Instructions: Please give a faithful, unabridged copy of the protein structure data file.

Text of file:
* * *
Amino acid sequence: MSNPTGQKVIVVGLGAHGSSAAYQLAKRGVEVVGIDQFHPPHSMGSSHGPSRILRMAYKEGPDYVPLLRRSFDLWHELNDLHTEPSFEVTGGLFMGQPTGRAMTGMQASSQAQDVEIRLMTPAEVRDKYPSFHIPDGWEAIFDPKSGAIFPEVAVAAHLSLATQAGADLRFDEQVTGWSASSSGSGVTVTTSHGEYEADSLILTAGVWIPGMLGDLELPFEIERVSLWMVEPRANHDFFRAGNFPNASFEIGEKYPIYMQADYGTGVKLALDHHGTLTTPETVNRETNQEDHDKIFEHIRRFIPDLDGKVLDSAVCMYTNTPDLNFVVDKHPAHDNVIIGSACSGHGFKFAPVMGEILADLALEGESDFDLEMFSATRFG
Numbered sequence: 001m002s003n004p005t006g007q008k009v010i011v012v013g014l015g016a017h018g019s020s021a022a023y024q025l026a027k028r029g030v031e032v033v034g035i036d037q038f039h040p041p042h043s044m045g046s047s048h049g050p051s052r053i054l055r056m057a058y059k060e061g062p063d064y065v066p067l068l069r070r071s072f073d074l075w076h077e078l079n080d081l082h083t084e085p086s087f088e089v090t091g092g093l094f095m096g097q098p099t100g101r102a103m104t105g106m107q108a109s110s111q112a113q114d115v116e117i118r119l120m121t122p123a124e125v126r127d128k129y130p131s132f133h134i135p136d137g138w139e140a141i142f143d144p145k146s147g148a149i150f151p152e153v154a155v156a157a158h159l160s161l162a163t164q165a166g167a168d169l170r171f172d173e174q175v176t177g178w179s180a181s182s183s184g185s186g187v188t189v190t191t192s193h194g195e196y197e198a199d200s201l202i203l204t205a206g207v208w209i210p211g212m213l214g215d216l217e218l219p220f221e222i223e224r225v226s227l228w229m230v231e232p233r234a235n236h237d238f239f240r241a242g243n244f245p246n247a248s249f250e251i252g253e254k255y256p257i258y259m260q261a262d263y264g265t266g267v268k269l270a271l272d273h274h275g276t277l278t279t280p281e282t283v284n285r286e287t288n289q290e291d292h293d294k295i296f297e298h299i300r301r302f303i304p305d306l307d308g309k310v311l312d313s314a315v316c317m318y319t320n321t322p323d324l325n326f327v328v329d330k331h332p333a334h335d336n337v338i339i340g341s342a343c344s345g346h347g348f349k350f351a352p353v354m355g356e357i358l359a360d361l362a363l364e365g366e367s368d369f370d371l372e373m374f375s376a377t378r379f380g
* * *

Amino acid sequence: MSNPTGQKVIVVGLGAHGSSAAYQLAKRGVEVVGIDQFHPPHSMGSSHGPSRILRMAYKEGPDYVPLLRRSFDLWHELNDLHTEPSFEVTGGLFMGQPTGRAMTGMQASSQAQDVEIRLMTPAEVRDKYPSFHIPDGWEAIFDPKSGAIFPEVAVAAHLSLATQAGADLRFDEQVTGWSASSSGSGVTVTTSHGEYEADSLILTAGVWIPGMLGDLELPFEIERVSLWMVEPRANHDFFRAGNFPNASFEIGEKYPIYMQADYGTGVKLALDHHGTLTTPETVNRETNQEDHDKIFEHIRRFIPDLDGKVLDSAVCMYTNTPDLNFVVDKHPAHDNVIIGSACSGHGFKFAPVMGEILADLALEGESDFDLEMFSATRFG
Numbered sequence: 001m002s003n004p005t006g007q008k009v010i011v012v013g014l015g016a017h018g019s020s021a022a023y024q025l026a027k028r029g030v031e032v033v034g035i036d037q038f039h040p041p042h043s044m045g046s047s048h049g050p051s052r053i054l055r056m057a058y059k060e061g062p063d064y065v066p067l068l069r070r071s072f073d074l075w076h077e078l079n080d081l082h083t084e085p086s087f088e089v090t091g092g093l094f095m096g097q098p099t100g101r102a103m104t105g106m107q108a109s110s111q112a113q114d115v116e117i118r119l120m121t122p123a124e125v126r127d128k129y130p131s132f133h134i135p136d137g138w139e140a141i142f143d144p145k146s147g148a149i150f151p152e153v154a155v156a157a158h159l160s161l162a163t164q165a166g167a168d169l170r171f172d173e174q175v176t177g178w179s180a181s182s183s184g185s186g187v188t189v190t191t192s193h194g195e196y197e198a199d200s201l202i203l204t205a206g207v208w209i210p211g212m213l214g215d216l217e218l219p220f221e222i223e224r225v226s227l228w229m230v231e232p233r234a235n236h237d238f239f240r241a242g243n244f245p246n247a248s249f250e251i252g253e254k255y256p257i258y259m260q261a262d263y264g265t266g267v268k269l270a271l272d273h274h275g276t277l278t279t280p281e282t283v284n285r286e287t288n289q290e291d292h293d294k295i296f297e298h299i300r301r302f303i304p305d306l307d308g309k310v311l312d313s314a315v316c317m318y319t320n321t322p323d324l325n326f327v328v329d330k331h332p333a334h335d336n337v338i339i340g341s342a343c344s345g346h347g348f349k350f351a352p353v354m355g356e357i358l359a360d361l362a363l364e365g366e367s368d369f370d371l372e373m374f375s376a377t378r379f380g